NASA Dryden News Releases

3rd grade

April 4, 1996

Release: 96-19

Imagine being able to fly at an altitude of 79,000 feet traveling 2,000 mph and not even being strapped into an aircraft seat? On March 20, 1996 at Dryden Flight Research Center, Edwards, CA, onboard the SR-71, Travelmate Bear accompanied NASA pilot, Ed Schneider, and did just that.

Travelmate Bear traveled 1,800 miles in one hour and twenty minutes during the research flight. He flew from Edwards, Air Force Base, CA, over the states of Nevada, Utah, Wyoming, Idaho and California. Upon landing, he was joined by Ed Schneider, the SR-71 pilot and Marta Bohn-Meyer, an SR-71 Reconnaissance Systems Operator (RSO), for a group photo in front of the plane.

Prior to his SR-71 flight, Travelmate Bear flew a research mission on an F-18 aircraft. He traveled to San Antonio, TX, with Ed Schneider as the pilot and returned back to Dryden Flight Research Center.

"Bill" the Travelmate Bear came from Mrs. Jaffe's third grade class in Winchester, MA, as part of a class project to learn more about geography. The idea was for the bear to be passed from traveler to traveler and have postcards and souvenirs placed in the "kit" with the bear. In addition to illustrating geography lessons, Travelmate Bear's returning with NASA classroom materials designed to make science and math interesting to students. Before arriving at Dryden, Travelmate Bear first went to Kennedy Space Center in Cape Canaveral, FL, and then to Lyndon B. Johnson Space Center in Houston, TX.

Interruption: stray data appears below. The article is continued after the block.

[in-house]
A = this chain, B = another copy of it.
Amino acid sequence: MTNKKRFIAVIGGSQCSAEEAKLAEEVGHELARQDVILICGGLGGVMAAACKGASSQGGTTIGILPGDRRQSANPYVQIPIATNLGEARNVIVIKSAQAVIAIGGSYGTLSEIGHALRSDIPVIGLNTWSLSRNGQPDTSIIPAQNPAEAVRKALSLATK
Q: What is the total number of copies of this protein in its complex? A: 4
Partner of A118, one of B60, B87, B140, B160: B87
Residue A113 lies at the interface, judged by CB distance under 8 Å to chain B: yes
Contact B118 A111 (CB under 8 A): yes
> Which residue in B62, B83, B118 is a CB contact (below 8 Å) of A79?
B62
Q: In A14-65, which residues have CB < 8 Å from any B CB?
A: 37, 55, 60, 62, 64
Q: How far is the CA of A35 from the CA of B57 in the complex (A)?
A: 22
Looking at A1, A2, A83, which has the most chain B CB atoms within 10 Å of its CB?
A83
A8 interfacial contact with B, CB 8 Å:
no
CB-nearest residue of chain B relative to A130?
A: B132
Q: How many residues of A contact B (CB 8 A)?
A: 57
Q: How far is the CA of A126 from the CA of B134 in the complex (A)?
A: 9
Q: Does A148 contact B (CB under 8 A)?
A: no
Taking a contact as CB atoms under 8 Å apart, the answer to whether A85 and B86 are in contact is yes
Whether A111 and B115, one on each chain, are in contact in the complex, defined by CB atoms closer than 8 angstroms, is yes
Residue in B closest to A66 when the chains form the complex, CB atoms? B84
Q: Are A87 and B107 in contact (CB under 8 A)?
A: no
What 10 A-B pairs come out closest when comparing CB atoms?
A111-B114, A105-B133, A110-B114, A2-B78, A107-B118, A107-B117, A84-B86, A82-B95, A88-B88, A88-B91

This weekend, Travelmate Bear will fly aboard the 747 carrier that will fly the Shuttle Atlantis back to Florida. STS-76 landed at Dryden Flight Research Center at 5:29 a.m. on March 31, 1996 after a nine day mission. He will accompany NASA pilots, Tom McMurtry and Gordon Fullerton, and be returned by U.S. Mail from Florida to his class back in Massachusetts.

Travelmate Bear has a journal with entries from several individuals and their personal accounts of the many interesting places they have traveled themselves. Although the bear was not able to fly to space aboard a Shuttle Mission, astronaut Story Musgrave wrote a note in the journal about his experience aboard the Shuttle and described how the "coral in the South Pacific surrounding the volcanic islands is glorious." Travelmate Bear will be returning to Ambrose School with several mementos from his trip. A commemorative certificate documenting his SR-71 flight along with commemorative coins, stickers and postcards are just a few of the items he will take back. The class members will read the journal entries and hopefully be able to have the benefit of travel without even leaving their seats.

--nasa--

Note to Editors: B-roll video available (i.e. interviews, SR-71 footage, stock footage of previous 747/Orbiter take-offs, etc...)

Photos in support of this release:

EC 96 43473-1 Travelmate Bear and NASA Pilots, Ed Schneider and Marta Bohn-Meyer EC 96 43473-2 "Studio" photo of Travelmate Bear and his mementos